The curated resources linked below are an initial sample of the resources coming from a collaborative and rigorous review process with the EAD Content Curation Task Force.
Although different in many ways, antisemitism in Nazi Germany during the 1930s and anti-Black racism in Jim Crow-era America deeply affected communities in these countries. While individual experiences and context are unique and it is important to avoid comparisons of suffering, looking at these two places in the same historical period raises critical questions about the impact of antisemitism and racism in the past and present.
United States Holocaust Memorial Museum
This Readers' Theater and Read Aloud Story introduces students to the people who lived and worked at George Washington's Mount Vernon plantation. Students meet members of the Washington family, members of the enslaved community at Mount Vernon, and indentured servants working on the estate.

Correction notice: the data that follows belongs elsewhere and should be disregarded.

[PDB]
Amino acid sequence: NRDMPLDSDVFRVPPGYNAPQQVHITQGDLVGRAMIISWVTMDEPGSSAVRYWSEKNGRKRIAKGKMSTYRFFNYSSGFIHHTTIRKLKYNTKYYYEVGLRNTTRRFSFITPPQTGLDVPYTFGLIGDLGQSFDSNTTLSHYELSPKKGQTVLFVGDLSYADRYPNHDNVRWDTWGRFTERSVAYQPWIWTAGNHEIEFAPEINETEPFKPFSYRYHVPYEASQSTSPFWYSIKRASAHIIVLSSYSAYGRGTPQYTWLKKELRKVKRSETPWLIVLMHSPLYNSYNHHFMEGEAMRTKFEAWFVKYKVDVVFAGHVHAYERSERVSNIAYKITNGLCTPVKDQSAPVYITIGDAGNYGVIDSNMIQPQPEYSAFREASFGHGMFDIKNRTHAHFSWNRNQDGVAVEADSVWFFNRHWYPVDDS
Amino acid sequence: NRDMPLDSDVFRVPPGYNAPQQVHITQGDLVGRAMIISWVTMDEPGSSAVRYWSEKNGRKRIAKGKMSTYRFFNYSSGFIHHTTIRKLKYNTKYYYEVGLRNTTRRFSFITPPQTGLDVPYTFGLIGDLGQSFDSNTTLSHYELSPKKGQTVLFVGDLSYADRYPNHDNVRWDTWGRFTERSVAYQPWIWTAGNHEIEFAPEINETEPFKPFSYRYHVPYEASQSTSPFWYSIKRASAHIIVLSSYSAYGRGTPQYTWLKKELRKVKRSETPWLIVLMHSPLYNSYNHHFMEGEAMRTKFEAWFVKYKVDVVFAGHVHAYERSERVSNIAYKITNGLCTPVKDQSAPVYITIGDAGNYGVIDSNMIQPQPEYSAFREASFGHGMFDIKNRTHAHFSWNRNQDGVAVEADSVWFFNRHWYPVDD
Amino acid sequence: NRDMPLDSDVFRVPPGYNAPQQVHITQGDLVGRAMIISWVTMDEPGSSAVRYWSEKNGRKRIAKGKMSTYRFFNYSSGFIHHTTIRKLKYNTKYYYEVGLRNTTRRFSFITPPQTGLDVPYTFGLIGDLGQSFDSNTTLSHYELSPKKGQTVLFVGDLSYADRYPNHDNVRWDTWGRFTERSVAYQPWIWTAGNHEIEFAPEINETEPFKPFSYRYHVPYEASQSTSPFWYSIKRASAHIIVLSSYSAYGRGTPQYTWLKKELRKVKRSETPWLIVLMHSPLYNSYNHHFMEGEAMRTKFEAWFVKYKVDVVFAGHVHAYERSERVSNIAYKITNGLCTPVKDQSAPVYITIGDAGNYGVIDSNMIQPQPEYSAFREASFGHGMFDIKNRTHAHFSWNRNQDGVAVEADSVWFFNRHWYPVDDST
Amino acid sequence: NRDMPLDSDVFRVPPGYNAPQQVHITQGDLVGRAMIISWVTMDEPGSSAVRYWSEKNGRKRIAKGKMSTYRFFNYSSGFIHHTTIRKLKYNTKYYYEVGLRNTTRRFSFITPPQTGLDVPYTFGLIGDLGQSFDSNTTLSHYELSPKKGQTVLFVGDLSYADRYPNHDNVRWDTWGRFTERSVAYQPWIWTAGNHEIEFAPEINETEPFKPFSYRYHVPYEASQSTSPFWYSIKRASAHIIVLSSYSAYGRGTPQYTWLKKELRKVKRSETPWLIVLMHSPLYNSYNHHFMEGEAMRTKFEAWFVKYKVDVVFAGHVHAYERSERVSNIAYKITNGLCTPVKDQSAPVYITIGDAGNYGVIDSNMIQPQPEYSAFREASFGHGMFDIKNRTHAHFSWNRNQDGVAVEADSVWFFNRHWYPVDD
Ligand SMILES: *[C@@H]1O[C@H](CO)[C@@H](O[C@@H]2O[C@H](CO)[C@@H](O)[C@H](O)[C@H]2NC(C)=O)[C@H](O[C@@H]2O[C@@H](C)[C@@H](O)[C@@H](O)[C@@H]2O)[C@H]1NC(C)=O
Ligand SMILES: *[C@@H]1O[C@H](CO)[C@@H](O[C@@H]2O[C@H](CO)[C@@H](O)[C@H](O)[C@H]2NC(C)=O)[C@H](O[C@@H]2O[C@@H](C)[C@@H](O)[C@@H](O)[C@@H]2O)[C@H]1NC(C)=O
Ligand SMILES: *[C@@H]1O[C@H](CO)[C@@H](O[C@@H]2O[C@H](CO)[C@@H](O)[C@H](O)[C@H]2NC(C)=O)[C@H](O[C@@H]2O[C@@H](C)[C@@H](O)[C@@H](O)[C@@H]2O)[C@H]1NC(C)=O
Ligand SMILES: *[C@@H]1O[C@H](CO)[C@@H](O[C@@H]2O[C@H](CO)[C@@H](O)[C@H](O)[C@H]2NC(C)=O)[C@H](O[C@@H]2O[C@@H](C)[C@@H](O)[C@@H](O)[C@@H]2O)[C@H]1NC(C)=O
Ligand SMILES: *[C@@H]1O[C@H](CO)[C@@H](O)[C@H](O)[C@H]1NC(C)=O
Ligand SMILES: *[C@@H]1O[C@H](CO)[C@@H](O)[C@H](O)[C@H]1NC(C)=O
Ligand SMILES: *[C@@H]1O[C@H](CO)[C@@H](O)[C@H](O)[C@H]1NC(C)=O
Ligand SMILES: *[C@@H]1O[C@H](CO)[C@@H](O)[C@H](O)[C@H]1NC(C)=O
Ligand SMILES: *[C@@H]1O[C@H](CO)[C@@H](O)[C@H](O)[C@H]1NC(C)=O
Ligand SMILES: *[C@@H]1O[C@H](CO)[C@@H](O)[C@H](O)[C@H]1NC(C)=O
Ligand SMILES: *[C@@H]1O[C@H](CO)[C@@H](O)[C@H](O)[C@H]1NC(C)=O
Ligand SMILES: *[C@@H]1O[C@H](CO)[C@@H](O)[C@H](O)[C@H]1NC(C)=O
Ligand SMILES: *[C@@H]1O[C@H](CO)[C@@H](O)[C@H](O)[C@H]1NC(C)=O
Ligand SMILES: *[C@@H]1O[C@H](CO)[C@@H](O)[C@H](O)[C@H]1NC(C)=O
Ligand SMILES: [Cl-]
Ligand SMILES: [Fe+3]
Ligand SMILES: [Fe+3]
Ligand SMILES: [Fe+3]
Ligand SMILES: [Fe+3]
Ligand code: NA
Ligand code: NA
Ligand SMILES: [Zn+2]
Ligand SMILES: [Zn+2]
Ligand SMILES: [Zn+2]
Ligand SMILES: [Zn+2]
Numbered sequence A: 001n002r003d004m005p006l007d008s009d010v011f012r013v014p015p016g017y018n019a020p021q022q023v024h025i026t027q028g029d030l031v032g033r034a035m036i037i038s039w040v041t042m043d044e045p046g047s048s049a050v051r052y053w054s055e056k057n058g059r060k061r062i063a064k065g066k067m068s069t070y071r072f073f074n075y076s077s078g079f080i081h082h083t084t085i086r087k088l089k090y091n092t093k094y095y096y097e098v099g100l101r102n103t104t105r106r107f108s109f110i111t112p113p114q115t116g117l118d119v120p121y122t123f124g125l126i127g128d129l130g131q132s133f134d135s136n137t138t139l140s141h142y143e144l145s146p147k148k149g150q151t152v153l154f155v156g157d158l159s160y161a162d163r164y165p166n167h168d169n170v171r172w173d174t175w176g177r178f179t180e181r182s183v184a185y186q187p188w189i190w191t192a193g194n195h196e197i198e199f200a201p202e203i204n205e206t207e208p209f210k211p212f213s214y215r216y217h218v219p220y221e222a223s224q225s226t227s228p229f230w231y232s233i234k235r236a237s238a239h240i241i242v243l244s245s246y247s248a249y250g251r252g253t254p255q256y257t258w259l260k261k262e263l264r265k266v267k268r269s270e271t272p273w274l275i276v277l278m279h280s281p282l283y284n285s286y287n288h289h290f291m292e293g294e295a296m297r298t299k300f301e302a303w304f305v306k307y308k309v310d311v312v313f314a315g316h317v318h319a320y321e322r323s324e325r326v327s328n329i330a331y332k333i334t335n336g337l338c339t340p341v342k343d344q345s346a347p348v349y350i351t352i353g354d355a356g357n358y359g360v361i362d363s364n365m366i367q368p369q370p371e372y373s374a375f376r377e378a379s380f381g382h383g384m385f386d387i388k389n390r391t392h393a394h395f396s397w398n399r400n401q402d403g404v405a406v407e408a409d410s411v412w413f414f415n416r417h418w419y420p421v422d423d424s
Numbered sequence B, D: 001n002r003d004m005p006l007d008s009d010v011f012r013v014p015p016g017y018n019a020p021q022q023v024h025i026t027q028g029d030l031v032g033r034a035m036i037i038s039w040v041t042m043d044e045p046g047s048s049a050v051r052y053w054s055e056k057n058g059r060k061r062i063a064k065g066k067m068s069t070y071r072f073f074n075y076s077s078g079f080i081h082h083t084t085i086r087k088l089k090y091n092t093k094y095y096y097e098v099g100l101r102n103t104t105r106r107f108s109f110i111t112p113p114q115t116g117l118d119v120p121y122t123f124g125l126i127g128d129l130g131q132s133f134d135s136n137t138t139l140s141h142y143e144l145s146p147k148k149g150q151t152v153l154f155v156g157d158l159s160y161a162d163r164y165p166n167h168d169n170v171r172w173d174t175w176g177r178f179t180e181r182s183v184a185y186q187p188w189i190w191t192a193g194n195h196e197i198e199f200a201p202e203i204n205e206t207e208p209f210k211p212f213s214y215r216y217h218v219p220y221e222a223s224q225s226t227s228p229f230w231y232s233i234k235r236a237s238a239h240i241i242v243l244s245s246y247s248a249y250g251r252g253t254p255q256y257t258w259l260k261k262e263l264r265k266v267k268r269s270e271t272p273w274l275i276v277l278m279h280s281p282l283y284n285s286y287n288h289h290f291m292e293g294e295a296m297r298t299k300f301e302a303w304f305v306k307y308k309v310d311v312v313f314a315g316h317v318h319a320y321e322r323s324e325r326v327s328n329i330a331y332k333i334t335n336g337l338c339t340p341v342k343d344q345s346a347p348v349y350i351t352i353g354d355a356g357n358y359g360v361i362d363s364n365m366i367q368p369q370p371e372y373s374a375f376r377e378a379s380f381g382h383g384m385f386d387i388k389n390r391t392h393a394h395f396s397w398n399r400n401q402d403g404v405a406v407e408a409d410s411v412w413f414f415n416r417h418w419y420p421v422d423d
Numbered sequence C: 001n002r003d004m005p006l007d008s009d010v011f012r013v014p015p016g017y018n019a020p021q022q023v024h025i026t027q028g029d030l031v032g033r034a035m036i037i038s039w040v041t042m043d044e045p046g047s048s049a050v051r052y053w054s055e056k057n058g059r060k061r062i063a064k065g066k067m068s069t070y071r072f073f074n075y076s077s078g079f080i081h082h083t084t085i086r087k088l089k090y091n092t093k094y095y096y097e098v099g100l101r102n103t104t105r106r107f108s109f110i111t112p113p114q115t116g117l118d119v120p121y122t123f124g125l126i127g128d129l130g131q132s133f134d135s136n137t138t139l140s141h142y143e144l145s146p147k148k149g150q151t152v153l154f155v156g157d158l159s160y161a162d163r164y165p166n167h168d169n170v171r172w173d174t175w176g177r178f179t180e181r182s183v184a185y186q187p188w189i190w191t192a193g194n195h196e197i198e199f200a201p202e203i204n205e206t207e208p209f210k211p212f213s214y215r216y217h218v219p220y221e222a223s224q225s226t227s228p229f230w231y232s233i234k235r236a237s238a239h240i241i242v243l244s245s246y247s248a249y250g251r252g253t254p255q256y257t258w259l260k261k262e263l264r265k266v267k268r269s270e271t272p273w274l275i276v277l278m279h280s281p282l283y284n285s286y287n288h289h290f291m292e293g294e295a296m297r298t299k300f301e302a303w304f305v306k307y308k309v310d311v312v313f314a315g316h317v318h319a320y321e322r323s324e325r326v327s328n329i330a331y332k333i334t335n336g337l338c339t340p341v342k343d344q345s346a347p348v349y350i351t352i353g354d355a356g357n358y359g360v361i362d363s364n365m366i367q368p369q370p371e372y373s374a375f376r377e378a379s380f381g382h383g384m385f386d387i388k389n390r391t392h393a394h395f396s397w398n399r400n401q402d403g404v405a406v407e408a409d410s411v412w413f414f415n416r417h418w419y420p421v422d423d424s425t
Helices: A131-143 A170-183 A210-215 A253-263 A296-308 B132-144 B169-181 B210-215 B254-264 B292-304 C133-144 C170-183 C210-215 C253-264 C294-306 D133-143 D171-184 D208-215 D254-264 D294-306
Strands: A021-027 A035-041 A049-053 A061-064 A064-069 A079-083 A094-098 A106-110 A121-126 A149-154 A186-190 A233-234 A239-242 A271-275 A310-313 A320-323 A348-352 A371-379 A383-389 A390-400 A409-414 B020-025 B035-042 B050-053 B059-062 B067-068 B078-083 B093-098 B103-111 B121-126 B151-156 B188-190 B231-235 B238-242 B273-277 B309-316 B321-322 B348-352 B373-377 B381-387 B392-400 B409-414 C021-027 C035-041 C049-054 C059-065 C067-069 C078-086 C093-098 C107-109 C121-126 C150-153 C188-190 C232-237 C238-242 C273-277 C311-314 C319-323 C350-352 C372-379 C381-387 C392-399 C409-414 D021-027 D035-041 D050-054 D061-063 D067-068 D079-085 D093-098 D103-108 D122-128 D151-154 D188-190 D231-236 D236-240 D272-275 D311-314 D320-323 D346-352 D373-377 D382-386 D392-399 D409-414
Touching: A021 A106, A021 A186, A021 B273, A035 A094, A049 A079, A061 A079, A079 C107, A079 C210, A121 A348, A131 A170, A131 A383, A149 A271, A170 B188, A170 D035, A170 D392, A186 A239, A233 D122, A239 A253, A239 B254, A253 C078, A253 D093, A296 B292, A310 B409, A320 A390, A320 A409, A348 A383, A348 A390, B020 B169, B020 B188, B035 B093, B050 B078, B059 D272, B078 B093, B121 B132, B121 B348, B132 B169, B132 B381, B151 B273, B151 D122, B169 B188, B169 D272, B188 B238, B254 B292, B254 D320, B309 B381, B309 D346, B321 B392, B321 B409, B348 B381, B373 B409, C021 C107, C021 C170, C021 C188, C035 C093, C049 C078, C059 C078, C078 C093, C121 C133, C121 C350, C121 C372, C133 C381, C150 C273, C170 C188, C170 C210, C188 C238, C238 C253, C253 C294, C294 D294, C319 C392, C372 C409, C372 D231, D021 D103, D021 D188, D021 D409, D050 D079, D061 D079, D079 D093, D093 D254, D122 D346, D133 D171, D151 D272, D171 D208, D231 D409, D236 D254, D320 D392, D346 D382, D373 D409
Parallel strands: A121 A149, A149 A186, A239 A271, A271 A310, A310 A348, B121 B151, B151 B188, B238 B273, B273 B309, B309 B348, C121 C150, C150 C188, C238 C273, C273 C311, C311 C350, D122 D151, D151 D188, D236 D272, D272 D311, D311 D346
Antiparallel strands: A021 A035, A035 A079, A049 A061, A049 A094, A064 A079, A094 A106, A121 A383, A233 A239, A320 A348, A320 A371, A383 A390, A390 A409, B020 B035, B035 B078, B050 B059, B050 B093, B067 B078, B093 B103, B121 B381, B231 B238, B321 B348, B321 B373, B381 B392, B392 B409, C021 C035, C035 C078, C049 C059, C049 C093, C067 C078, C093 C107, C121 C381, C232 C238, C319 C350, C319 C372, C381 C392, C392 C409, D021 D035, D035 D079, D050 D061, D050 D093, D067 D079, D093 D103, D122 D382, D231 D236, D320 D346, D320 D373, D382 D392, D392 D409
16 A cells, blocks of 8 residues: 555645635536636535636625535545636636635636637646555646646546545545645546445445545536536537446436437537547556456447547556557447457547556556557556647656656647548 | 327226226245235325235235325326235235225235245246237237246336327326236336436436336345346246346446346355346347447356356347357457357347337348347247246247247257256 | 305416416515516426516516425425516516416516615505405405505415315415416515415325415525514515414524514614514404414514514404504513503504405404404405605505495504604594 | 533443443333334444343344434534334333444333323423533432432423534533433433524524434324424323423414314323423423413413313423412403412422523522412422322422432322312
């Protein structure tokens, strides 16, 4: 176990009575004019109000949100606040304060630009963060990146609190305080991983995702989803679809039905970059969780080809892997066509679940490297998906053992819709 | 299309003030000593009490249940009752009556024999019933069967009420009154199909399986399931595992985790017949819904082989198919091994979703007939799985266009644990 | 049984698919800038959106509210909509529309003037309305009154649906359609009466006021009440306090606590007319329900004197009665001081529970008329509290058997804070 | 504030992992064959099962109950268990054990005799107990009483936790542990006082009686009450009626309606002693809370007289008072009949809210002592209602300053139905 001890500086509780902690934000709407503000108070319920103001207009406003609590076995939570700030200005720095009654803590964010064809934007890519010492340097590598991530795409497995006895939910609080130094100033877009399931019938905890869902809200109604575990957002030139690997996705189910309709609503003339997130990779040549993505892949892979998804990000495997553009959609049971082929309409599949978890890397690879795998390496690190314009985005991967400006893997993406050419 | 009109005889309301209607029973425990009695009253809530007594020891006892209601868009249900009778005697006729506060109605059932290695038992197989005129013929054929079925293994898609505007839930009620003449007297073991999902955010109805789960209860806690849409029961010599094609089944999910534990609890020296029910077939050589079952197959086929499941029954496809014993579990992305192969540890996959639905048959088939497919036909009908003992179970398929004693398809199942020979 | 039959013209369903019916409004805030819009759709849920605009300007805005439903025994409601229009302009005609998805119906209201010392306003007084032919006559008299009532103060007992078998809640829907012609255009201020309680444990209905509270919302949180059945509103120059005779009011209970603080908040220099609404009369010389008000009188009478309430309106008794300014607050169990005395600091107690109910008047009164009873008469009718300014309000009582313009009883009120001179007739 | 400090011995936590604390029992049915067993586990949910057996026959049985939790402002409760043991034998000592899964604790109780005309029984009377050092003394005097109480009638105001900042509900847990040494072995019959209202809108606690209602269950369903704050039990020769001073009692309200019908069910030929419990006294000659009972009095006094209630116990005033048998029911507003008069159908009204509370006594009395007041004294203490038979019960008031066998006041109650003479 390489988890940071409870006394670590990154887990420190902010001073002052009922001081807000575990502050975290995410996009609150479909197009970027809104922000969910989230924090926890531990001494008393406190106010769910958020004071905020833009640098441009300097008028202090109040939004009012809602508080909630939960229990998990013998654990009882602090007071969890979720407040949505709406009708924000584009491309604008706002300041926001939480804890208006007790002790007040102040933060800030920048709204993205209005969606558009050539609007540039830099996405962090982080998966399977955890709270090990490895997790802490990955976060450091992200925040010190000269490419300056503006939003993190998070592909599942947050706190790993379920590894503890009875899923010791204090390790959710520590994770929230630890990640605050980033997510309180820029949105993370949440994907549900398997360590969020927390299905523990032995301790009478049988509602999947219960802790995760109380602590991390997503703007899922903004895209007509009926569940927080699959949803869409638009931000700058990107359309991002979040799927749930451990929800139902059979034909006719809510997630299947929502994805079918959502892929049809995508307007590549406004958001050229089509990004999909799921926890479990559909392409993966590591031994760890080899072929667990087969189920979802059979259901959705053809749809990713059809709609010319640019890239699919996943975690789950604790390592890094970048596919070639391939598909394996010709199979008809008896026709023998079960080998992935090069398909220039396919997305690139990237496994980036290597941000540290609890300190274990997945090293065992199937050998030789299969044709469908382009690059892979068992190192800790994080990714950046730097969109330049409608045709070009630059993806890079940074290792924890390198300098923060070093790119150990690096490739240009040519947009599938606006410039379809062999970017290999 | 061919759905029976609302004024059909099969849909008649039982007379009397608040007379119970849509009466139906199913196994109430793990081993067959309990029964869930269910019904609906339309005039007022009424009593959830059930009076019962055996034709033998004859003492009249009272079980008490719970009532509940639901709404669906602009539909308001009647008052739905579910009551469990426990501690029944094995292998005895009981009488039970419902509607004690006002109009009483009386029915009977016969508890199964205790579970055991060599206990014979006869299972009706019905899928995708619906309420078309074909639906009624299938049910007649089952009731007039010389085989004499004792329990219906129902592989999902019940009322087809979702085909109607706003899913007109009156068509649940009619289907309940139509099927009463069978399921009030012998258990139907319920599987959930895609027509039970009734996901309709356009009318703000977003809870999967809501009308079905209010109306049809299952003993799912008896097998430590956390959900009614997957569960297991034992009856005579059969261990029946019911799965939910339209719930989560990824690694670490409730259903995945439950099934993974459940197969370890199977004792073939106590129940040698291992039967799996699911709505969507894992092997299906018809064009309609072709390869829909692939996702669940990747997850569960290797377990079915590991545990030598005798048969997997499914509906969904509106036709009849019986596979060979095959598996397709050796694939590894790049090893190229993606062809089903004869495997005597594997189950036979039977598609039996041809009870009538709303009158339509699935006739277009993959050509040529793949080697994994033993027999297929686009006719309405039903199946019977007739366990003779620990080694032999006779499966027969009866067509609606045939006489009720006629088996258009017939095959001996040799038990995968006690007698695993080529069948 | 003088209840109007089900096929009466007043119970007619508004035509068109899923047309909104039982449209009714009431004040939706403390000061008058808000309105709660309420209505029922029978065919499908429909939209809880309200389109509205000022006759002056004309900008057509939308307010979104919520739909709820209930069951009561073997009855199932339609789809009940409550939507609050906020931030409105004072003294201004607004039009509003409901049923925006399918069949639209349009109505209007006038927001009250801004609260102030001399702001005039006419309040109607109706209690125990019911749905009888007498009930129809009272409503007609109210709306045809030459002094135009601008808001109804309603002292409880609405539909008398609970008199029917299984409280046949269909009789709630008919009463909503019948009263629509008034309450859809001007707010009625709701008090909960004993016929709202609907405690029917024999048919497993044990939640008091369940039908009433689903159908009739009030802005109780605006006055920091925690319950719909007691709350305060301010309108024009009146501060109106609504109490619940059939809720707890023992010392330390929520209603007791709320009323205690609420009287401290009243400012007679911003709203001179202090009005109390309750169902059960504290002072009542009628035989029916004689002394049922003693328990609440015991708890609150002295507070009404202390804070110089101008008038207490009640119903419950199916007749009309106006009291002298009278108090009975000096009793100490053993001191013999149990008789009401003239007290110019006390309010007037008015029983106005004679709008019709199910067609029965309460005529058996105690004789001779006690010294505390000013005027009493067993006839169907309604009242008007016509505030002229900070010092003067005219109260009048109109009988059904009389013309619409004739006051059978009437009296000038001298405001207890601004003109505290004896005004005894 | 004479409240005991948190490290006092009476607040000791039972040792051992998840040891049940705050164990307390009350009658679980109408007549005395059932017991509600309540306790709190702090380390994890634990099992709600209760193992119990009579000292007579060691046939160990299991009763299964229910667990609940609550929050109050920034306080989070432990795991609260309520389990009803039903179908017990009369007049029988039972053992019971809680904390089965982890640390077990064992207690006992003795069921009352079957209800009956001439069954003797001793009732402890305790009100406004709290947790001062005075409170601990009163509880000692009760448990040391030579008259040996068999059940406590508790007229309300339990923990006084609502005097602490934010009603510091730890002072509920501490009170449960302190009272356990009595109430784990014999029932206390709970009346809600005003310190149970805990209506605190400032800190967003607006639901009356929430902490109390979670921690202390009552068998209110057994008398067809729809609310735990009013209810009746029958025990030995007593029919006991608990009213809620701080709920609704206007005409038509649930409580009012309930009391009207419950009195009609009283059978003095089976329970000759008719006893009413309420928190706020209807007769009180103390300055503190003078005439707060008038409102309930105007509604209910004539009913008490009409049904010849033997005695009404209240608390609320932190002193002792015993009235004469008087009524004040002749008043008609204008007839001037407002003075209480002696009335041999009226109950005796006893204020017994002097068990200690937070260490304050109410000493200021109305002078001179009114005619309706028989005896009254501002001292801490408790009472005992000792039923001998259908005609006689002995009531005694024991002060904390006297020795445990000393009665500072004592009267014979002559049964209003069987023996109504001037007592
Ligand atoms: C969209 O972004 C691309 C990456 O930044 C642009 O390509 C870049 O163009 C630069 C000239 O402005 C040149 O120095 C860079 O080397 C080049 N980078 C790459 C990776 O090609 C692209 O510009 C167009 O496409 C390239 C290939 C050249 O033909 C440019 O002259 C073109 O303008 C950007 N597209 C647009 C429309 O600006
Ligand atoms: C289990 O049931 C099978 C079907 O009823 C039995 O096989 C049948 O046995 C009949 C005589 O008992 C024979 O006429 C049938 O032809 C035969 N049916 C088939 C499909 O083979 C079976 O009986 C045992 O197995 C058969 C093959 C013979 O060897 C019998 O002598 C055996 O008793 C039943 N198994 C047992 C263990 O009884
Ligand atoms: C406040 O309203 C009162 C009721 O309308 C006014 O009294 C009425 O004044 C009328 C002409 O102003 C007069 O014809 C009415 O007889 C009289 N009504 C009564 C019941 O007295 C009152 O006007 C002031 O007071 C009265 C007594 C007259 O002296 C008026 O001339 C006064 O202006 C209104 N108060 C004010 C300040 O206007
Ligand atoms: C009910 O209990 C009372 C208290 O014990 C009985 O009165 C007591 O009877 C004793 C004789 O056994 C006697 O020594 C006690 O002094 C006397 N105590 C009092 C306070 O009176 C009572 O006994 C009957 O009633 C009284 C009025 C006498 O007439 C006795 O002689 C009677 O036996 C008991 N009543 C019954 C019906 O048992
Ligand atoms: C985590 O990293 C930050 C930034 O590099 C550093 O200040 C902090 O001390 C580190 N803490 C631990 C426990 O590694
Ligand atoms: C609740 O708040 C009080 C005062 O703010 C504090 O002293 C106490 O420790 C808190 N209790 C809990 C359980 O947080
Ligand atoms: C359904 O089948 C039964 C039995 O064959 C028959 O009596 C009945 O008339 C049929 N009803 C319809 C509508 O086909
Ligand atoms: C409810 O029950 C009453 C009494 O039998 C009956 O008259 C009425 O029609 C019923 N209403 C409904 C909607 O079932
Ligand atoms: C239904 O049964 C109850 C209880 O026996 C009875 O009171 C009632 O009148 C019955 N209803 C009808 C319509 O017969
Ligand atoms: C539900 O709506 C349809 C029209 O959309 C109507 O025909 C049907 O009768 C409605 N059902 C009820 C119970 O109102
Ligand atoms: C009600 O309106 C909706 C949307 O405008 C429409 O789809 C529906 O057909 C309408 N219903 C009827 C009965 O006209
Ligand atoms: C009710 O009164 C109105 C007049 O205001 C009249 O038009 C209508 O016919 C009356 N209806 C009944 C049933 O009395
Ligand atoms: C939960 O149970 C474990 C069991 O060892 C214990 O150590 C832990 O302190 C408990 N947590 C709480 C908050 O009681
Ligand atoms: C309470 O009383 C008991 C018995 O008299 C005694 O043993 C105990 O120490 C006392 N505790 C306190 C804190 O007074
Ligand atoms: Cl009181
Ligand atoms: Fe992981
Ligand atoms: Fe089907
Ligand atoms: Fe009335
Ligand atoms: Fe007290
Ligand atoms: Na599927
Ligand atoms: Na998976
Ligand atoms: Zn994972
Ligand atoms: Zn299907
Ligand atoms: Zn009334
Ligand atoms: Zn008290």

George Washington's Mount Vernon
This inquiry allows students to investigate who the Meskwaki are and what aspects of their culture is similar or different to their own. Students will use the Question Formulation Technique (QFT) to ask questions and consider different perspectives across the social studies disciplines while analyzing a variety of sources.
State Historical Society of Iowa
"Why do people move?" is a four-mystery/lesson inquiry unit that helps students learn about push and pull factors, refugees, and the Great Migration by exploring primary and secondary sources to answer historical questions.
History's Mysteries Historical Inquiry for Elementary Classrooms
In this episode, children are introduced to Congress. To connect with primary grade students’ existing knowledge, they discover how a member of Congress is part of two communities: their home community that they serve and the community of Congress.